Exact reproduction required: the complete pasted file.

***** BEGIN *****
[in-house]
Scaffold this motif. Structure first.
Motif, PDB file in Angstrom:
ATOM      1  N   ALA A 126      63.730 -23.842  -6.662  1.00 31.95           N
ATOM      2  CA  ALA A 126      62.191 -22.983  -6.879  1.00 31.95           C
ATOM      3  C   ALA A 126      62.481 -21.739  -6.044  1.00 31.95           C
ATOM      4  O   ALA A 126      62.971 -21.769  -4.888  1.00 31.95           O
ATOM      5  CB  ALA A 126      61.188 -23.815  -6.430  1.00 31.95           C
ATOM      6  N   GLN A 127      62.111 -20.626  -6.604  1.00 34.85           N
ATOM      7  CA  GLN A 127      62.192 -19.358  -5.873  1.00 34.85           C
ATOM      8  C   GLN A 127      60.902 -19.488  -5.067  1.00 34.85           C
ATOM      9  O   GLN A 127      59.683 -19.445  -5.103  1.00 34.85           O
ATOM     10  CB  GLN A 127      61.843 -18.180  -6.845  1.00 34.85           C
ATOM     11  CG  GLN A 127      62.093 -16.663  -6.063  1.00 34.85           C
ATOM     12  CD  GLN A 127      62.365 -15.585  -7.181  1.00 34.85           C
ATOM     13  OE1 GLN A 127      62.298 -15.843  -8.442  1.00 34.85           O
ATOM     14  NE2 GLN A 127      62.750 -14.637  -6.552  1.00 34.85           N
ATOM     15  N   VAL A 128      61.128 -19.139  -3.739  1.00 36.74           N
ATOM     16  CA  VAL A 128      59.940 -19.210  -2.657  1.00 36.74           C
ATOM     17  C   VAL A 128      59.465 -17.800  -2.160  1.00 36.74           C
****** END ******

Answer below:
[in-house]
Scaffold this motif. Structure first.
Motif, PDB file in Angstrom:
ATOM      1  N   ALA A 126      63.730 -23.842  -6.662  1.00 31.95           N
ATOM      2  CA  ALA A 126      62.191 -22.983  -6.879  1.00 31.95           C
ATOM      3  C   ALA A 126      62.481 -21.739  -6.044  1.00 31.95           C
ATOM      4  O   ALA A 126      62.971 -21.769  -4.888  1.00 31.95           O
ATOM      5  CB  ALA A 126      61.188 -23.815  -6.430  1.00 31.95           C
ATOM      6  N   GLN A 127      62.111 -20.626  -6.604  1.00 34.85           N
ATOM      7  CA  GLN A 127      62.192 -19.358  -5.873  1.00 34.85           C
ATOM      8  C   GLN A 127      60.902 -19.488  -5.067  1.00 34.85           C
ATOM      9  O   GLN A 127      59.683 -19.445  -5.103  1.00 34.85           O
ATOM     10  CB  GLN A 127      61.843 -18.180  -6.845  1.00 34.85           C
ATOM     11  CG  GLN A 127      62.093 -16.663  -6.063  1.00 34.85           C
ATOM     12  CD  GLN A 127      62.365 -15.585  -7.181  1.00 34.85           C
ATOM     13  OE1 GLN A 127      62.298 -15.843  -8.442  1.00 34.85           O
ATOM     14  NE2 GLN A 127      62.750 -14.637  -6.552  1.00 34.85           N
ATOM     15  N   VAL A 128      61.128 -19.139  -3.739  1.00 36.74           N
ATOM     16  CA  VAL A 128      59.940 -19.210  -2.657  1.00 36.74           C
ATOM     17  C   VAL A 128      59.465 -17.800  -2.160  1.00 36.74           C